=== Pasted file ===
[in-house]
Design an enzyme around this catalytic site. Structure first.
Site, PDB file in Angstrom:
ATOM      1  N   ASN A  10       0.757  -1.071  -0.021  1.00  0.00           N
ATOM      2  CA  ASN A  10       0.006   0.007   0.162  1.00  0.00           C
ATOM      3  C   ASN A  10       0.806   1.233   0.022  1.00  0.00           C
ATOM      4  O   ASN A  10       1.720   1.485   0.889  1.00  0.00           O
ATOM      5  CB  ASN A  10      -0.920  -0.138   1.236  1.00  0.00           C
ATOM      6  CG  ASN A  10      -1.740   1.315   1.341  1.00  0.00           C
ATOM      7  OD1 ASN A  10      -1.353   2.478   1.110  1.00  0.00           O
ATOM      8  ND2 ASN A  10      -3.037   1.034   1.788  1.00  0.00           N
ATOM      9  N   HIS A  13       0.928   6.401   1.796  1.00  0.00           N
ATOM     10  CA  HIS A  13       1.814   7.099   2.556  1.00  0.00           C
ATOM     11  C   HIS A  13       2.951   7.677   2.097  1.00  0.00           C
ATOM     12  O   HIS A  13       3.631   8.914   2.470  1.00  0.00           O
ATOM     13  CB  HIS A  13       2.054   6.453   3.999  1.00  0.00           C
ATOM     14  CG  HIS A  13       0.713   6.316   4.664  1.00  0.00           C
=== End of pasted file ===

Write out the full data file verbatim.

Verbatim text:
[in-house]
Design an enzyme around this catalytic site. Structure first.
Site, PDB file in Angstrom:
ATOM      1  N   ASN A  10       0.757  -1.071  -0.021  1.00  0.00           N
ATOM      2  CA  ASN A  10       0.006   0.007   0.162  1.00  0.00           C
ATOM      3  C   ASN A  10       0.806   1.233   0.022  1.00  0.00           C
ATOM      4  O   ASN A  10       1.720   1.485   0.889  1.00  0.00           O
ATOM      5  CB  ASN A  10      -0.920  -0.138   1.236  1.00  0.00           C
ATOM      6  CG  ASN A  10      -1.740   1.315   1.341  1.00  0.00           C
ATOM      7  OD1 ASN A  10      -1.353   2.478   1.110  1.00  0.00           O
ATOM      8  ND2 ASN A  10      -3.037   1.034   1.788  1.00  0.00           N
ATOM      9  N   HIS A  13       0.928   6.401   1.796  1.00  0.00           N
ATOM     10  CA  HIS A  13       1.814   7.099   2.556  1.00  0.00           C
ATOM     11  C   HIS A  13       2.951   7.677   2.097  1.00  0.00           C
ATOM     12  O   HIS A  13       3.631   8.914   2.470  1.00  0.00           O
ATOM     13  CB  HIS A  13       2.054   6.453   3.999  1.00  0.00           C
ATOM     14  CG  HIS A  13       0.713   6.316   4.664  1.00  0.00           C